Jim Rogers is at it again. Anyone who heard the well-known investor on the Today programme a couple of weeks ago will have been left in no doubt that we are all going to hell in a handcart. "The facts are these: governments for 30 or 40 years have been spending money they didn't have. But eventually somebody's got to come up with the money - and there is no money any more," he said.
It's a familiar refrain. Our flabby, bloated, something-for-nothing welfare culture and decrepit infrastructure has eroded our competitiveness, and we're being rapidly eclipsed by frugal and entrepreneurial Asians with shiny new airports and railways.
To some degree, the figures bear this out. Since comparisons with 1952 are all the rage this weekend, consider this: in 1952, the state pension was roughly equivalent to £36 a week in today's money. Today's pensioner gets £107 a week, plus winter fuel allowances, free bus passes and, for the over-75s, free television licences. So we're paying ourselves nearly three times more in real terms, and living longer as well. Surely that's got to be a recipe for ruin?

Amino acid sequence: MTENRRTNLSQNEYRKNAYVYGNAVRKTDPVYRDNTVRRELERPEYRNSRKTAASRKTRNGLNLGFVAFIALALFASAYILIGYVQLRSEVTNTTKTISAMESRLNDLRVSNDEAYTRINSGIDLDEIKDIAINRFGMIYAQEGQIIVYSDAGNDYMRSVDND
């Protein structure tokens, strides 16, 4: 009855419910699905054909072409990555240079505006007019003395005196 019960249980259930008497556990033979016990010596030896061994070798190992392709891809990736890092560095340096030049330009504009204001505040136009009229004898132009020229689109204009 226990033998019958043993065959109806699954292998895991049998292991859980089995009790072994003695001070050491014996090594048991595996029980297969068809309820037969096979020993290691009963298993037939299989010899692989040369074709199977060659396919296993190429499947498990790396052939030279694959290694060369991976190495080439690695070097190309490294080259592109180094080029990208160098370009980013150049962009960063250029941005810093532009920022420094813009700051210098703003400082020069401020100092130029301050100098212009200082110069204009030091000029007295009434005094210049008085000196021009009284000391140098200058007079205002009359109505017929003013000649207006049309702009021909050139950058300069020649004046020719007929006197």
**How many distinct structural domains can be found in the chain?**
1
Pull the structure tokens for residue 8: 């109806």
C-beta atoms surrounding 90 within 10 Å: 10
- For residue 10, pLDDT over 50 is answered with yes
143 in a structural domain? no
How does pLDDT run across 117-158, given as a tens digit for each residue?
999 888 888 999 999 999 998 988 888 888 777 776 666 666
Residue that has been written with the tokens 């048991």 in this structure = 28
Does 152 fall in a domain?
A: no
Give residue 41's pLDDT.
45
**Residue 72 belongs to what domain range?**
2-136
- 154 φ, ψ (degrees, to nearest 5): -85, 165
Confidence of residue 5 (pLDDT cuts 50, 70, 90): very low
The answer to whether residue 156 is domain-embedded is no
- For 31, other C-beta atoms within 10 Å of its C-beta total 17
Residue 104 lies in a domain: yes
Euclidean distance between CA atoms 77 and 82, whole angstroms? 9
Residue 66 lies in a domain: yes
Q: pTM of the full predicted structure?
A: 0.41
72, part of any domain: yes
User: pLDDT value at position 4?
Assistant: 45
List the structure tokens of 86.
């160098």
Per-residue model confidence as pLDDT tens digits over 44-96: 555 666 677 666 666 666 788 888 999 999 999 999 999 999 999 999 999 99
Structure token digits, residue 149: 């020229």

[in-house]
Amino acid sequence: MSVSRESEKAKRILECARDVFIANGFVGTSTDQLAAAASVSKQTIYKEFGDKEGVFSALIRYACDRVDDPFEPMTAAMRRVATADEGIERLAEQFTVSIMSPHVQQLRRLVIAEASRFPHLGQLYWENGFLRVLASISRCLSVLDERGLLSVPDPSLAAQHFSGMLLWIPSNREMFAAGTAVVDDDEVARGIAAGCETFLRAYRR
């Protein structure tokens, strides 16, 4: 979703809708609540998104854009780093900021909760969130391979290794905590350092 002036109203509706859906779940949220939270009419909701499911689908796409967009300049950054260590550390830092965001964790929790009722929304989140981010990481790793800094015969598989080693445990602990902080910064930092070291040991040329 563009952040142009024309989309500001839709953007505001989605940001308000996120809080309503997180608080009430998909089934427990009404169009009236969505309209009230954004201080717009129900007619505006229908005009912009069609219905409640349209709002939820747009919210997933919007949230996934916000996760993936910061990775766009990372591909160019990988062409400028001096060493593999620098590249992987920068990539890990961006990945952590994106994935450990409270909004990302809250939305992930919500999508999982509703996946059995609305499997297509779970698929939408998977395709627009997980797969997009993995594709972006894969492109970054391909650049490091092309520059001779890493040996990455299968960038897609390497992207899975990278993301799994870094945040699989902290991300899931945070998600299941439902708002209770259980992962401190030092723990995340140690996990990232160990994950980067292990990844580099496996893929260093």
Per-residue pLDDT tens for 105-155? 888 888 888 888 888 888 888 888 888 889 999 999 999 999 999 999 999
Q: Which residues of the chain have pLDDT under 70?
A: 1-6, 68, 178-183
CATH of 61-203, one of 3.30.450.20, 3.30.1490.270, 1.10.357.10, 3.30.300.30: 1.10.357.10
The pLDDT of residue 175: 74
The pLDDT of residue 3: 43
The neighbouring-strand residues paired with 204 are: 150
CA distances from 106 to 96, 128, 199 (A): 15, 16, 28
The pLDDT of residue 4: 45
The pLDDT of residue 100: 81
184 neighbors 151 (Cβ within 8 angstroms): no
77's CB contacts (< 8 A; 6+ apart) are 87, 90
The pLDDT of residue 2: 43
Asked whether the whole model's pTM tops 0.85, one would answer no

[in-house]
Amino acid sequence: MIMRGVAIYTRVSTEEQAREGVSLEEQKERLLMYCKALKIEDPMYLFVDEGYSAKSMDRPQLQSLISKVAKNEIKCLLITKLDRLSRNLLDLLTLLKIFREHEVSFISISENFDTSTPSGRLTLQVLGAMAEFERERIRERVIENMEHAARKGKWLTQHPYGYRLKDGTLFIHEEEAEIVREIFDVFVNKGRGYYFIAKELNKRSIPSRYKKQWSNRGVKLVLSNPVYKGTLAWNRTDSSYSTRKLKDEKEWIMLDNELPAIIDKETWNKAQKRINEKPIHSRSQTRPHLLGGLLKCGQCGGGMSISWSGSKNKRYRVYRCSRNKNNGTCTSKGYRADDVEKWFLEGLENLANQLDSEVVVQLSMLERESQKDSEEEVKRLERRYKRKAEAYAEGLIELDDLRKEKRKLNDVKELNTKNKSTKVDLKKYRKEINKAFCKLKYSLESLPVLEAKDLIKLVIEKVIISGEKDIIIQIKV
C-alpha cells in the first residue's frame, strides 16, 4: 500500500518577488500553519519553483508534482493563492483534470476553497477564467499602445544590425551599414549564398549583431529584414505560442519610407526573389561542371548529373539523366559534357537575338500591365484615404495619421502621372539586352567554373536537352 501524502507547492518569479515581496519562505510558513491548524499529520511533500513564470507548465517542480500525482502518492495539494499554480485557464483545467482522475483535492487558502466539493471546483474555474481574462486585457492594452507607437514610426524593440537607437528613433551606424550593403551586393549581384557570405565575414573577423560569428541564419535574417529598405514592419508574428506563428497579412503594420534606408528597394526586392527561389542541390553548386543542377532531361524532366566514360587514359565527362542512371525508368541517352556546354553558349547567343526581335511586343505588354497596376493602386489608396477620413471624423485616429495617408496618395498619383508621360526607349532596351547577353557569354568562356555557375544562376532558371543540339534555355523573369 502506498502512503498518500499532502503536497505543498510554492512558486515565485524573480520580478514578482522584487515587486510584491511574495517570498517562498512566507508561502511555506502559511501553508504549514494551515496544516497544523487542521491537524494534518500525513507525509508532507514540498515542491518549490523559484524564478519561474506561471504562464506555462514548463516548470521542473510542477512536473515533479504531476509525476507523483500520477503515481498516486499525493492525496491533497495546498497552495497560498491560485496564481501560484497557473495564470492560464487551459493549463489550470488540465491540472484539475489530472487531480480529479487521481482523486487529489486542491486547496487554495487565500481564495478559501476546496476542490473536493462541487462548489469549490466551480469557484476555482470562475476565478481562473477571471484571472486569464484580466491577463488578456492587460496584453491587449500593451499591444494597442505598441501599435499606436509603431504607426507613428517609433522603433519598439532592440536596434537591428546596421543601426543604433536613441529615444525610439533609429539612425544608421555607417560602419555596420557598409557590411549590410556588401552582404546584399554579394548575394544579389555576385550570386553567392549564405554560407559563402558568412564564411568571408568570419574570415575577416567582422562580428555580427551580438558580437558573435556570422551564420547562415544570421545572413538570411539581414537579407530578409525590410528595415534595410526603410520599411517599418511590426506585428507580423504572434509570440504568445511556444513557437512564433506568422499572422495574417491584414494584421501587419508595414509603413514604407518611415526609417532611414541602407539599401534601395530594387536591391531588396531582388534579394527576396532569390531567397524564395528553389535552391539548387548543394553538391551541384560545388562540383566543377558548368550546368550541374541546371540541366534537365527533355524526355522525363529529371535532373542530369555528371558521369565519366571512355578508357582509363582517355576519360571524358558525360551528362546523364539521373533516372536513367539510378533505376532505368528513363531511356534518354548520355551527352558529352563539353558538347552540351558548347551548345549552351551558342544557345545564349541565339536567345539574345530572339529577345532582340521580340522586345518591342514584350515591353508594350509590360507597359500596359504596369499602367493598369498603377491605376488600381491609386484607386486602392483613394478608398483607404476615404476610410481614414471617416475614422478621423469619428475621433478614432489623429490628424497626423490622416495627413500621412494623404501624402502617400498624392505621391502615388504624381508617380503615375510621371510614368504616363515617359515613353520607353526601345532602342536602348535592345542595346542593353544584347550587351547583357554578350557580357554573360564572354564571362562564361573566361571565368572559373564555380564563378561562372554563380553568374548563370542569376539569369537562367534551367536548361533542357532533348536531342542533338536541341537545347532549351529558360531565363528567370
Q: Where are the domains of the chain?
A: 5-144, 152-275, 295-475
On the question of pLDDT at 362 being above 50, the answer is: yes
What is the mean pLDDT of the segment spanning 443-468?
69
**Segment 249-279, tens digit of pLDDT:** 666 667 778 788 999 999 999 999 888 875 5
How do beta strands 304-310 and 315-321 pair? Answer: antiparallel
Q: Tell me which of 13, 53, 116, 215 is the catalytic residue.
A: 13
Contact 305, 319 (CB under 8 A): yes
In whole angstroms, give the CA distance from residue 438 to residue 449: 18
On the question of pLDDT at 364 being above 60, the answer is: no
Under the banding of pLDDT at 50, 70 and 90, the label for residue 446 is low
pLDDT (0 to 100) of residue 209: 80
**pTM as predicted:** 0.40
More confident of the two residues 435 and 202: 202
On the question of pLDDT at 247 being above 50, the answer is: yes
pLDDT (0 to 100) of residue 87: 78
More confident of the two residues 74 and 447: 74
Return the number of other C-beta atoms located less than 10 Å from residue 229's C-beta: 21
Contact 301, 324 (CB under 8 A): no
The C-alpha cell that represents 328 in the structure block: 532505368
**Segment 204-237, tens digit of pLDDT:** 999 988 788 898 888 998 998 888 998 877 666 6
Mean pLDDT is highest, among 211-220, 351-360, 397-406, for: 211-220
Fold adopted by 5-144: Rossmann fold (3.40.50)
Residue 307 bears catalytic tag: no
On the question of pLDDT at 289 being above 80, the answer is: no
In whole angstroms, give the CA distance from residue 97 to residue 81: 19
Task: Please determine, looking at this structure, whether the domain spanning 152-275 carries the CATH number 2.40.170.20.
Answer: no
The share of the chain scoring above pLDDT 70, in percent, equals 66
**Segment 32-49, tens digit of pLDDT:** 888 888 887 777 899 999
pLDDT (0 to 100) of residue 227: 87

Yes and no. In real terms, GDP has risen faster than the population, so on a per-capita basis, we are much richer than we were when Elizabeth became queen and can, in some senses, afford such largesse. The tax burden relative to GDP is around the same as it was then, but the way it is spent has changed. Defence spending has shrunk drastically while that devoted to health, education and welfare has risen sharply. Inflation was three times as high then as it is now.
Government debt, thanks to the 2008 bank rescues, is also at similar levels to 1952. The big change is in private debt - by the end of 2011, consumer debt excluding mortgages was over £200bn. In 1952, household indebtedness was probably confined to tick at the corner shop.
Consumers are deleveraging only very slowly, and government debt is still rising. Only the corporate sector is flush, and it's this, rather than government spending, that holds the key to recovery. At some point, companies will have to start investing that money, or handing it back to shareholders. Only then can the economy really start to recover.
At least for investors, many things have improved since 1952. Fixed commissions for share dealing are long gone. And stamp duty these days is 0.5 per cent, a far cry from the 2 per cent levied in 1952. I wouldn't argue, as Harold Macmillan did later on in the 1950s, that "most of our people have never had it so good." But I would argue that there have been many times when we've had it far worse.
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